FRI. August 3
Daily miles: 11.8
Cumulative miles: 44.7
My bowels finally realize what I’m up to this morning. I jolt awake with the dire urge to relieve myself. There’s no question of using the WAG Bag, but neither is there any time to dig a cat-hole. In general, I try to adhere to Leave No Trace principles, but sometimes you just need to go. With the help of several large stones, I’ll leave the rest to your imagination.
By the time I’m packed and on my way, the sun is beginning to cast light through the trees. Steam rises from the dewy grass as it warms, producing dreamlike clouds alongside the trail. I pass the junction to the Middle Fork Flathead River and State Highway 2, which follows the park’s boundary.
As the trail ascends, I begin to see cars winding along Highway 2 as well as a stalled train of endless UPS containers. The now-defunct Great Northern Railway company is intimately connected with Glacier National Park’s history. As a way of creating markets, the Great Northern’s president, James J. Hill, invested in towns all along his northern route from St. Paul to Seattle. What would become Glacier National Park in 1910 was for Hill an opportunity to fill his trains with tourists. Drawing on the patriotic fervor of the First World War, the slogan became “See America First”—an effort to lure gilded age aristocrats away from Europe. Glacier was promoted as an American rival to the Swiss alps and a huge amount of money was poured into kitsch accommodation for bourgeois tourism. An important part of this process involved the removal of Native Americans from the land. As one scholar summarizes this sordid history, “Glacier and many other national parks, are built upon an illusion.”1
They seem to offer us a rare chance to experience the continent as it was, to set eyes on a vista unspoiled by human activity. This uninhabited nature is a recent construction. The untold story behind our unspoiled views and virgin forests is this: these landscapes were inhabited, their features named, their forests utilized, their plants harvested and animals hunted. Native Americans have a history in our national parks measured in millennia. They were forcibly removed, and later treaty rights to traditional use such as hunting and fishing were erased, often without acknowledgment or compensation. Immediately after these removals, the parks were advertised as a showcase of uninhabited America, nature’s handiwork unspoiled.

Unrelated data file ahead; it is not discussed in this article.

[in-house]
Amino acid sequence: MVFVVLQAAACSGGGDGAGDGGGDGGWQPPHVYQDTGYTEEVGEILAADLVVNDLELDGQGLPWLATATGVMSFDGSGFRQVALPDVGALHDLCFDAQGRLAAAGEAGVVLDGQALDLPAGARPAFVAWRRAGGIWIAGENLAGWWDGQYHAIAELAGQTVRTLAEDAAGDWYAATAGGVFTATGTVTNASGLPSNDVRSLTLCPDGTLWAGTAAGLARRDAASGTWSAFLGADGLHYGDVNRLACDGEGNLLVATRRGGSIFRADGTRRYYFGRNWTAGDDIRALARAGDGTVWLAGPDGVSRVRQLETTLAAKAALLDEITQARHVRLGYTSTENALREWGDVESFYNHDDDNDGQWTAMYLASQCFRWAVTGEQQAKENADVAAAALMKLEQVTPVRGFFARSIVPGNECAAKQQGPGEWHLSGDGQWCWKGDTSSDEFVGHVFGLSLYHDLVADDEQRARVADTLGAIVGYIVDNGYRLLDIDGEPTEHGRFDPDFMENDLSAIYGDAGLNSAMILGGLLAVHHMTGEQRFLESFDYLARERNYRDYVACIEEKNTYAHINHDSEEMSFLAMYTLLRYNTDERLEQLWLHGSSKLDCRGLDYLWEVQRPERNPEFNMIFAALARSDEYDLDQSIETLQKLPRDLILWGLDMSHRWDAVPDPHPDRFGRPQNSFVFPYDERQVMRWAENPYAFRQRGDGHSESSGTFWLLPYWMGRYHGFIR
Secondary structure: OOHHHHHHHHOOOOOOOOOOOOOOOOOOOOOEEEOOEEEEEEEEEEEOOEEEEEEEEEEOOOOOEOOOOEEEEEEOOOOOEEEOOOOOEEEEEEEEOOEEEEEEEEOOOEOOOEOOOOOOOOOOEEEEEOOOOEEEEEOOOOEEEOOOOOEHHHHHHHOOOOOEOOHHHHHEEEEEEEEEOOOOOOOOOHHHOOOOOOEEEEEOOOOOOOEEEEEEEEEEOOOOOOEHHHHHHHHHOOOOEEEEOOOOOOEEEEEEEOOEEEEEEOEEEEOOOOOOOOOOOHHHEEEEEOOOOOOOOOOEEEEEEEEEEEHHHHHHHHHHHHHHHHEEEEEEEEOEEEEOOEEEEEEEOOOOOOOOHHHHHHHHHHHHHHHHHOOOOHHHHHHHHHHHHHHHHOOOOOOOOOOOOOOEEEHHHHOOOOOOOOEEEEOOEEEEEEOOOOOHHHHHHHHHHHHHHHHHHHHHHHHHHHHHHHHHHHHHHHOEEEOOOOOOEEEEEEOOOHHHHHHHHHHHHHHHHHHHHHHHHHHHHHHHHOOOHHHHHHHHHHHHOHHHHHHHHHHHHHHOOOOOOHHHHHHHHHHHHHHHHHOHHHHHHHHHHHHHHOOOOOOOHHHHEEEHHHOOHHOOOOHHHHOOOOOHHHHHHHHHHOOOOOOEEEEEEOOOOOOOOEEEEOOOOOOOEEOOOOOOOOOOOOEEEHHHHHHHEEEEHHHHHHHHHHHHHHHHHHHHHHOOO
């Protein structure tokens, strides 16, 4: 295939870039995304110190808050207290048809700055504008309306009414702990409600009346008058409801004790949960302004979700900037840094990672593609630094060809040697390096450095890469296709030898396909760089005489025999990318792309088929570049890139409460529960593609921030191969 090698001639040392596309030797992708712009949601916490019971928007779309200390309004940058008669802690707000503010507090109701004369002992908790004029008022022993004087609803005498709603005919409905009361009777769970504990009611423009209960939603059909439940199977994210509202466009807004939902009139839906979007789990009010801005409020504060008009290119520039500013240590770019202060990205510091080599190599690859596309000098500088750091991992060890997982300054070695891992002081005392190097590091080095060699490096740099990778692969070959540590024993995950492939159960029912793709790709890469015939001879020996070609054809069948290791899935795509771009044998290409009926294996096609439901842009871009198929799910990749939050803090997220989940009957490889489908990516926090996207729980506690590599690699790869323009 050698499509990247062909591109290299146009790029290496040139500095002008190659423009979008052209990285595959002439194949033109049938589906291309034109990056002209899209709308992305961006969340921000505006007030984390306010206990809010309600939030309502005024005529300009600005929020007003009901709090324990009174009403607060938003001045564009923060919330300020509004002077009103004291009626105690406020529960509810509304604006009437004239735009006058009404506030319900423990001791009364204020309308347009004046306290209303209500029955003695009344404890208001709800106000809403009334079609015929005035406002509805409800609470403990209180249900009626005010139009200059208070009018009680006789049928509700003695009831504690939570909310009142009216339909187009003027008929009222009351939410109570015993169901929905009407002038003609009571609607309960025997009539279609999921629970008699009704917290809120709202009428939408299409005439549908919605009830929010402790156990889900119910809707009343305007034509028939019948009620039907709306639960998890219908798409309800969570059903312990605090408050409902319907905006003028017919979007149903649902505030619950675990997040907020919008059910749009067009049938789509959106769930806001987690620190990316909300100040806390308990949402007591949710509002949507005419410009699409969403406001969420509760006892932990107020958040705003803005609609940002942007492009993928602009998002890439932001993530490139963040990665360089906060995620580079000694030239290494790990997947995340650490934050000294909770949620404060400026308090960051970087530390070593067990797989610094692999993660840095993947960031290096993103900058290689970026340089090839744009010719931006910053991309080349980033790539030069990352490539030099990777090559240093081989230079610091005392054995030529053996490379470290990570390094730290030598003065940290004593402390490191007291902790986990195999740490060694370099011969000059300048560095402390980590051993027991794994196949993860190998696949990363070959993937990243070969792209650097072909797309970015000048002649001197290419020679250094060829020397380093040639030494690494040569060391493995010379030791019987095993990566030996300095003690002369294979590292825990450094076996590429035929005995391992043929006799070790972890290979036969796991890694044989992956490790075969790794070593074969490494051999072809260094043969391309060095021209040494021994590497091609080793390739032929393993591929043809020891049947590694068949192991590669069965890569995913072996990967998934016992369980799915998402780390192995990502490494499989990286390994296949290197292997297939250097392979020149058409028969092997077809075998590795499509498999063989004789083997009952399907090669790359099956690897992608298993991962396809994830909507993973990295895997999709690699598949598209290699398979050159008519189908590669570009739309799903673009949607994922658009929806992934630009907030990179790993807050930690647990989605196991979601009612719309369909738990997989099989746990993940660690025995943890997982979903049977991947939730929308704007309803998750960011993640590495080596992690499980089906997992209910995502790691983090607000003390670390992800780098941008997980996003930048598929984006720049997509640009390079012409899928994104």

For years, the United States pursued a policy of weakening the Native American presence in the plains by exterminating the buffalo. By 1895, when the negotiations for what would become Glacier National Park began, the Blackfeet (actually three semi-independent tribes: the Piegan, Blood, and Northern Blackfeet) had already been relegated to an area that included the contemporary reservation borders as well as the eastern half of the Park. The Blackfeet didn’t want to sell, but the decimation of buffalo meant that they faced the threat of starvation during the winter. They grudgingly agreed to a price of $1.5 million for the eastern half of the Park.
Upon the conclusion of negotiations, Chief White Calf reportedly stated, “Now my head is cut off. The mountains have been my last refuge.”2 Even the limited access retained in the agreement of 1895 was eventually stripped when Congress established Glacier National Park in 1910. As early as 1912, a park ranger evicted members of the tribe who had been caught hunting in the park, issuing them a warning that “they will no longer be permitted in Glacier National Park, and if found within the [park] they will be summarily ejected.”3
After being effectively coerced into ceding their land, members of the tribe were commissioned to set up a camp at the train station in East Glacier, where were to greet throngs of tourists as they streamed in. Apparently, traditional Blackfeet garb didn’t align with Hill’s idea of what Native Americans should look and he insisted that they wear Sioux dress instead.4
All this is to say that while Glacier National Park contains some of the most impressive mountain scenery on the continent, the modern park was founded on ethnic cleansing, racism, and private profit. Glacier would serve as a playground for wealthy (white) Easterners in search of a look at the “American Alps” replete with a human zoo of romanticized “Indians,” who were themselves barred entry, even if they were willing to pay.